The discovery of Verda has opened up new possibilities for the shifters, a place where they may have a home of their own free from persecution, stares, jeers, discrimination, violence, and the ever-looming Brotherhood of the Moon.

Shifter adventurers could be thieves disguised as traveling circus performers, cunning mages using their magic to predict people’s fortunes, wild, untamed barbarians, or anything you dream.

Shifter Traits

Ability Score Increase. Your Wisdom score increases by 1.

Age. Shifters mature and age at the same rate as humans.

Alignment. When it comes to good or evil, shifters are usually neutral, since they embody the spirit of the wild. Most shifters tend to be wild and free and therefore favor chaos over law.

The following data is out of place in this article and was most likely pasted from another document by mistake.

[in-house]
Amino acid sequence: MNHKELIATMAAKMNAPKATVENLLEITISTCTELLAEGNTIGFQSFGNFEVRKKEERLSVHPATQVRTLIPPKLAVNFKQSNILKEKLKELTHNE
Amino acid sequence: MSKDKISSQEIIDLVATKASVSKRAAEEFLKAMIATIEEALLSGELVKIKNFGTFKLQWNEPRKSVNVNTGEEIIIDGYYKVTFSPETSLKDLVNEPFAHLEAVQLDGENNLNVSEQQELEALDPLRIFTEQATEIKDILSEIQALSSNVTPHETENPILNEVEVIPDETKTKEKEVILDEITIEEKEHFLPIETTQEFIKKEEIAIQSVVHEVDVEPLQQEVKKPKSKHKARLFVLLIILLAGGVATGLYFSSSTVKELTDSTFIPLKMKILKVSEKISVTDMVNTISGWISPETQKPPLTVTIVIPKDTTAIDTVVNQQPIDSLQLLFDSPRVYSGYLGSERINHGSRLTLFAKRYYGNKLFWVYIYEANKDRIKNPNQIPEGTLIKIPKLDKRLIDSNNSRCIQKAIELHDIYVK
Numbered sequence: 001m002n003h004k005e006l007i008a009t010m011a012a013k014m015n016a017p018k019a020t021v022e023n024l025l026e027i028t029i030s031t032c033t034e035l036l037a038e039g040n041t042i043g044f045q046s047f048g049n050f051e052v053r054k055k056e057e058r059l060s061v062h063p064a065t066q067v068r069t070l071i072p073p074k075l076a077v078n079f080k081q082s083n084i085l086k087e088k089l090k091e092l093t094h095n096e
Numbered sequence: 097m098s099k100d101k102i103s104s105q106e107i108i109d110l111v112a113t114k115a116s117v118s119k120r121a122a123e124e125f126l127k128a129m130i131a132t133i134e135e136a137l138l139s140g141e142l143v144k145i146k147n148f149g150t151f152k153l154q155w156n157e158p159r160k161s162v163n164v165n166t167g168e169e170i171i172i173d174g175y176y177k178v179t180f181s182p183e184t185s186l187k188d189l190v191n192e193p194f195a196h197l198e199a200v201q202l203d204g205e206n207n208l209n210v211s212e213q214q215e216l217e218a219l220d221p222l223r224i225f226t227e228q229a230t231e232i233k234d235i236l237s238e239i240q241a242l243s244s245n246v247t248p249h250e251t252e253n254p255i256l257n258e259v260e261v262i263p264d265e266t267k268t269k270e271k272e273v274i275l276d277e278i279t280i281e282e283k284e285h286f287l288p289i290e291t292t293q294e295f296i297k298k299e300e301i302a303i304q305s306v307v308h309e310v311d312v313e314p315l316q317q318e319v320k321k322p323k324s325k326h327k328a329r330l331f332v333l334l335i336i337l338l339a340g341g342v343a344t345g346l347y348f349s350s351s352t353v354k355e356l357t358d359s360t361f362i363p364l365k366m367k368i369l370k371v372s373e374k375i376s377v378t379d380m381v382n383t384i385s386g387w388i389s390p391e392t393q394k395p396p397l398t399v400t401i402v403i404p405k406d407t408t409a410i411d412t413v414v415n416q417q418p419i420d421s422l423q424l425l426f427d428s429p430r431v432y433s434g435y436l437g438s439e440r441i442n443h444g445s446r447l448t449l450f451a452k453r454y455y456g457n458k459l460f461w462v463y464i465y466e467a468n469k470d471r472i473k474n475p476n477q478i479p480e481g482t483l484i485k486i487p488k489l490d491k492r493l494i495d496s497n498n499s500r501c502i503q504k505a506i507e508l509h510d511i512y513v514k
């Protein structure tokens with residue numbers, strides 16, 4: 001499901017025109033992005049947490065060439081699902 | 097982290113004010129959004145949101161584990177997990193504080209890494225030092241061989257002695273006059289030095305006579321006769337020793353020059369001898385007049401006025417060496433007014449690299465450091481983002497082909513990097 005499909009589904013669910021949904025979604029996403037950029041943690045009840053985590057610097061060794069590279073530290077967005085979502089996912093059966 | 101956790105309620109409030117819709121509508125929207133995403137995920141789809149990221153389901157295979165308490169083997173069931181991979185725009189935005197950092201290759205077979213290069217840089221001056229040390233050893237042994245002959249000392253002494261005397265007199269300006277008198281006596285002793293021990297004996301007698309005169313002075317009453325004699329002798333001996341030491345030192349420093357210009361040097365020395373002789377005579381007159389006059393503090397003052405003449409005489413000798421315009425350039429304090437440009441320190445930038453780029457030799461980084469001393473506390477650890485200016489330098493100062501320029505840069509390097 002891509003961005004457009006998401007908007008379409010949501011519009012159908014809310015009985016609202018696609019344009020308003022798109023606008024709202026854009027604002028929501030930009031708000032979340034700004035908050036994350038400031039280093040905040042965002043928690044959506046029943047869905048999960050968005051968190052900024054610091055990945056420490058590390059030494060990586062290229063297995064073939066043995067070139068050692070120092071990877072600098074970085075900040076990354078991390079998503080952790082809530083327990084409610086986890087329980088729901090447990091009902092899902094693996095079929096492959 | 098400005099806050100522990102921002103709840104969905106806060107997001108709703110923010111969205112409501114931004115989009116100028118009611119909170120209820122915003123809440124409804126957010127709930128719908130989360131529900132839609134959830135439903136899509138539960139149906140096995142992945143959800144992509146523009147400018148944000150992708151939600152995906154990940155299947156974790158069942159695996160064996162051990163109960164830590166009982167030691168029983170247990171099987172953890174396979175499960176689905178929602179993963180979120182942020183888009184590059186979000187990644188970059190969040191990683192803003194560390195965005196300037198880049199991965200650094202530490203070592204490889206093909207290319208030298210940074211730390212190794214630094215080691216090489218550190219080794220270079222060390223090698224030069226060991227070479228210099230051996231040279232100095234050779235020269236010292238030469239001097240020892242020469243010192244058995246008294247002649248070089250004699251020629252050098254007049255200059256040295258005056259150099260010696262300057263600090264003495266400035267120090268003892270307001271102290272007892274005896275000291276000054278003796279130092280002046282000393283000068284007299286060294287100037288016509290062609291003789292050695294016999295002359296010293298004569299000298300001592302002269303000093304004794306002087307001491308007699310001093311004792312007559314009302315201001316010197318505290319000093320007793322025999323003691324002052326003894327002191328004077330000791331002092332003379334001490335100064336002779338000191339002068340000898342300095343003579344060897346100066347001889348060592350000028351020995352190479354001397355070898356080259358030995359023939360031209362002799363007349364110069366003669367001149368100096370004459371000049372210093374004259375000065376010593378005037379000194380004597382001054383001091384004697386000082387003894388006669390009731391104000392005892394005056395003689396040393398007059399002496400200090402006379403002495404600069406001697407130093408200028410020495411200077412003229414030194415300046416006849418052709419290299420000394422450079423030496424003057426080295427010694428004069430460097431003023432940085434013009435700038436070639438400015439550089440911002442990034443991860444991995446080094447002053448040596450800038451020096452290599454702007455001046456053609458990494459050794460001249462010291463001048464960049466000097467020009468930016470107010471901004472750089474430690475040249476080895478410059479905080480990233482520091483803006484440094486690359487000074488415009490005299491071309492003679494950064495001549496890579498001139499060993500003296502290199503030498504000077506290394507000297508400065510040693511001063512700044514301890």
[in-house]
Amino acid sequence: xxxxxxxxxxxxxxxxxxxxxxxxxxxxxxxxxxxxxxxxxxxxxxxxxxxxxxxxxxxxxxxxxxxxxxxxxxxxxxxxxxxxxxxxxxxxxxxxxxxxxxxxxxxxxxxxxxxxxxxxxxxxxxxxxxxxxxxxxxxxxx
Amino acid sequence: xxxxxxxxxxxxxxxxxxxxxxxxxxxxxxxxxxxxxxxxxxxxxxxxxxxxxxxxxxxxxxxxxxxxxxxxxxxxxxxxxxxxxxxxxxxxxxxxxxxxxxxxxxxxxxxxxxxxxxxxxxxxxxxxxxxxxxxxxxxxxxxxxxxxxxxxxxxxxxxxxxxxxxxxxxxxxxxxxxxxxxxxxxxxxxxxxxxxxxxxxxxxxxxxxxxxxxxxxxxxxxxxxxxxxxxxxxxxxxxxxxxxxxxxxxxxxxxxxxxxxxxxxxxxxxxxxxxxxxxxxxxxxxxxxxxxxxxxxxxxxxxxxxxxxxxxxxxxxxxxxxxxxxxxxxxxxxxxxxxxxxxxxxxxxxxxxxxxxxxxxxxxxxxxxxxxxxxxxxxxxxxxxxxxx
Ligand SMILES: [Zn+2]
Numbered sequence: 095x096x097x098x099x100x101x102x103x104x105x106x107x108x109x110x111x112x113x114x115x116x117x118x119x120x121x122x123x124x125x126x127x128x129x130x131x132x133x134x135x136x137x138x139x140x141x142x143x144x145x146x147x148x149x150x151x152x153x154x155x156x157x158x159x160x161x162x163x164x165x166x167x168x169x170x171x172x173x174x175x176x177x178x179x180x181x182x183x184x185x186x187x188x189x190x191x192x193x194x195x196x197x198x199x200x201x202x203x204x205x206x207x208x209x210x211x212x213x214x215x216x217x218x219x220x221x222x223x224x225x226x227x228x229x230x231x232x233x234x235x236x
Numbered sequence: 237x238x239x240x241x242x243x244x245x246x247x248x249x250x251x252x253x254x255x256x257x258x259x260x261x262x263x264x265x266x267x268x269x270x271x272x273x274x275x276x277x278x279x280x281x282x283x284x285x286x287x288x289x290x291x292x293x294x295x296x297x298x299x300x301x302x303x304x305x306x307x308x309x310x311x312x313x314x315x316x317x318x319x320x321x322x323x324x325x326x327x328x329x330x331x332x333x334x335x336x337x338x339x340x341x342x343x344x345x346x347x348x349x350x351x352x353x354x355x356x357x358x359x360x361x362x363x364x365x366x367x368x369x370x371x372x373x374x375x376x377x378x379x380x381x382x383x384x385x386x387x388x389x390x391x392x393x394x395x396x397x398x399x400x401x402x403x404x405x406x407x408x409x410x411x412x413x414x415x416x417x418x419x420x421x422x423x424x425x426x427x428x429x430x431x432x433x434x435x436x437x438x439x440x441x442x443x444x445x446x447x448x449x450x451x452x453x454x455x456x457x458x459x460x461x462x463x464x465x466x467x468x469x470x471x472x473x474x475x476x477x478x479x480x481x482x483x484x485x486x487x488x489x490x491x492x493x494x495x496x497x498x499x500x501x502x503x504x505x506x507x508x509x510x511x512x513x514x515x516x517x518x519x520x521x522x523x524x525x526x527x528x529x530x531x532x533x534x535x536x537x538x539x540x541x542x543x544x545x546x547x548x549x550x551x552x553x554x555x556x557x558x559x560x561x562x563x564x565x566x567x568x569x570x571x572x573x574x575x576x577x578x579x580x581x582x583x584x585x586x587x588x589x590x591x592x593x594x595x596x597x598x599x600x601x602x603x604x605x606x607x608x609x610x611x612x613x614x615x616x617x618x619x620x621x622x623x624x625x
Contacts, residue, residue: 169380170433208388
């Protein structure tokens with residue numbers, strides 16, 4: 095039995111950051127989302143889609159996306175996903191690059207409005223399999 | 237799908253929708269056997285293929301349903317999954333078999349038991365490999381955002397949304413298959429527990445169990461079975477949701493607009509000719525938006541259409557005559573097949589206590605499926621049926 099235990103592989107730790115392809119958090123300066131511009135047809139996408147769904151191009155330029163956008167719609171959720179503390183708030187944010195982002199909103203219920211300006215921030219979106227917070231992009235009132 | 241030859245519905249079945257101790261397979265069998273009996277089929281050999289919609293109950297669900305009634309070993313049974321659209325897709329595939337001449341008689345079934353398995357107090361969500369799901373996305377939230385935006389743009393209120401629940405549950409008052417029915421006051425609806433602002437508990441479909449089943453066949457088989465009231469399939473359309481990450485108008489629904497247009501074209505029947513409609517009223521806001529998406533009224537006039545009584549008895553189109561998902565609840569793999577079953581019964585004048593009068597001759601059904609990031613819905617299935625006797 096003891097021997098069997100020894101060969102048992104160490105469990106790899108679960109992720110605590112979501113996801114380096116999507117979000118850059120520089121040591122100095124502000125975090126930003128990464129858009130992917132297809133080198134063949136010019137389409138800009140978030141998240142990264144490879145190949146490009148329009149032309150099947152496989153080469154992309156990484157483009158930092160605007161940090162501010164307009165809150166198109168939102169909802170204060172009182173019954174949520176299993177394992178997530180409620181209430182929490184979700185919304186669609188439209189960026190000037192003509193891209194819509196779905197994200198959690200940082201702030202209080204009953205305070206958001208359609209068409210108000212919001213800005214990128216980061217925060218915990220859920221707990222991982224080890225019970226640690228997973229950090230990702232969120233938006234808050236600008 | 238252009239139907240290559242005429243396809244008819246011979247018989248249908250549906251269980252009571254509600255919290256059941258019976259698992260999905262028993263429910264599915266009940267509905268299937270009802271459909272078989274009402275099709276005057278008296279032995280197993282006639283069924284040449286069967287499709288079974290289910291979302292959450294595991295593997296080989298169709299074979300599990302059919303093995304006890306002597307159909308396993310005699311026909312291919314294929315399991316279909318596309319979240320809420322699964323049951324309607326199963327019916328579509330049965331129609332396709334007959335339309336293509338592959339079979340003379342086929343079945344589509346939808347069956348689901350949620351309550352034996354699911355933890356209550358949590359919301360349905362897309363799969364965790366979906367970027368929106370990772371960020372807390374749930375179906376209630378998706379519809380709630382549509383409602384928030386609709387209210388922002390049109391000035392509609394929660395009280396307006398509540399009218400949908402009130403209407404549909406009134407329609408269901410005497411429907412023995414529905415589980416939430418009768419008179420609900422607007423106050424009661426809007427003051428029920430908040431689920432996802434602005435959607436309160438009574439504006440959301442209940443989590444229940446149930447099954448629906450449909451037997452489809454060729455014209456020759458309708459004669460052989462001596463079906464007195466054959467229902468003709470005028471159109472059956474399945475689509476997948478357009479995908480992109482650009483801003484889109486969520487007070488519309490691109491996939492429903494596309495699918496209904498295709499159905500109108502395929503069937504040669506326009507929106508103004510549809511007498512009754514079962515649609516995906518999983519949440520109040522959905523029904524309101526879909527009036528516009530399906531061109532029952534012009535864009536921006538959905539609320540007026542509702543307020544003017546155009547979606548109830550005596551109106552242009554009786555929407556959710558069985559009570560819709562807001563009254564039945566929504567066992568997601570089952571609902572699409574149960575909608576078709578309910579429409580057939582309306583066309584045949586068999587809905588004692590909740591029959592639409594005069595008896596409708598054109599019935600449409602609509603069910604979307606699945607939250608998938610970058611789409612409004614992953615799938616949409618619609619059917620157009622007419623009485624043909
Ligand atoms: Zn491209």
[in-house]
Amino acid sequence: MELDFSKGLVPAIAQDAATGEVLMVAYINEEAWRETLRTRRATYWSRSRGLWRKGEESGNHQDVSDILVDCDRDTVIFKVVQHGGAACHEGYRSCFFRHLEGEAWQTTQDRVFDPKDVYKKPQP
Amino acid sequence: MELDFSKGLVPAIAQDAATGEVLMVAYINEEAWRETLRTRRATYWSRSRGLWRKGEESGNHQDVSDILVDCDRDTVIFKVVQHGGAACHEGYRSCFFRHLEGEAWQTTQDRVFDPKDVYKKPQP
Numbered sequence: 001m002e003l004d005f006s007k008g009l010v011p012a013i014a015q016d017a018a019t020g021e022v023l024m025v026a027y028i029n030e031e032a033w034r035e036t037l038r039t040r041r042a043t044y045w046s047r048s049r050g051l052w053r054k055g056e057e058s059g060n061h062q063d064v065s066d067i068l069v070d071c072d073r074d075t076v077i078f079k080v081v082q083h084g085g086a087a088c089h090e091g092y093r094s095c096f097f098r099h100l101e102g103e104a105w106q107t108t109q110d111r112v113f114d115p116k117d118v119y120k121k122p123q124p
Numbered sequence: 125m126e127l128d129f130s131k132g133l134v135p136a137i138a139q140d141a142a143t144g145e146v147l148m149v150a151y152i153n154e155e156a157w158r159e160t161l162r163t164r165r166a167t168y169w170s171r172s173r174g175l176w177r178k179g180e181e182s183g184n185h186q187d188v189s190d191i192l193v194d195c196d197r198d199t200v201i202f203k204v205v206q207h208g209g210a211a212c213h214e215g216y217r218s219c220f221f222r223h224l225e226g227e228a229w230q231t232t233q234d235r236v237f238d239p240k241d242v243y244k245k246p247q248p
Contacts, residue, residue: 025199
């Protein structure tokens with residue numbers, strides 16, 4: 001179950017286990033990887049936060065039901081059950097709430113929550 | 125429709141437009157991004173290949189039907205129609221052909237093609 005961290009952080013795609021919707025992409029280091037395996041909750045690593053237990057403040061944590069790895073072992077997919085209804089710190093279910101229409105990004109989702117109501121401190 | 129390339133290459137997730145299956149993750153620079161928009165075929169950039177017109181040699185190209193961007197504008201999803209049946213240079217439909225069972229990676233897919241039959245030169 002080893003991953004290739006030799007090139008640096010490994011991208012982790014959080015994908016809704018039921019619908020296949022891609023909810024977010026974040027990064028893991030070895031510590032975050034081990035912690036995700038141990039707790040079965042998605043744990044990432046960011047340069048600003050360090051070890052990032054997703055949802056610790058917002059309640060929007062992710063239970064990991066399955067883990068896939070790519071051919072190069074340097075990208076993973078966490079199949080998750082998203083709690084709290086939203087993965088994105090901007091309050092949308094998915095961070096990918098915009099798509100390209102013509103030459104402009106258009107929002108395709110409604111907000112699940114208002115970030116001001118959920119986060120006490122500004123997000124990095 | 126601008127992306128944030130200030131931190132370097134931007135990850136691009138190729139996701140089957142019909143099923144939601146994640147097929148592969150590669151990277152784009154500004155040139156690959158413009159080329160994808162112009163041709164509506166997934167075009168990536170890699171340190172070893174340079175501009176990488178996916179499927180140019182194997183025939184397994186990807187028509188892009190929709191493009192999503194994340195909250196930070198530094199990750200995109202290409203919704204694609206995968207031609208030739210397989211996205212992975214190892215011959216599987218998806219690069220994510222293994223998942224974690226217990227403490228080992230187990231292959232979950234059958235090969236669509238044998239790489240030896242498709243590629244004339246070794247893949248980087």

Size. Shifters range from just over 5 to just over 6 feet tall and have lean builds. Your size is Medium.

Speed. Your base walking speed is 30 feet.

Darkvision. Thanks to your lycanthrope heritage, you have superior vision in dark and dim conditions. You can see in dim light within 60 feet of you as if it were bright light, and in darkness as if it were dim light. You can’t discern color in darkness, only shades of gray.

Keen Hearing and Smell. You have advantage on Wisdom (Perception) checks that rely on hearing or smell.

Languages. You can speak, read, and write Common and one other language of your choice.

Subrace. Two subraces of shifter are found in Canus: longtooth and razorclaw. Choose one of these sub races.

Longtooth Shifter

Ability Score Increase. Your Strength score increases by 2.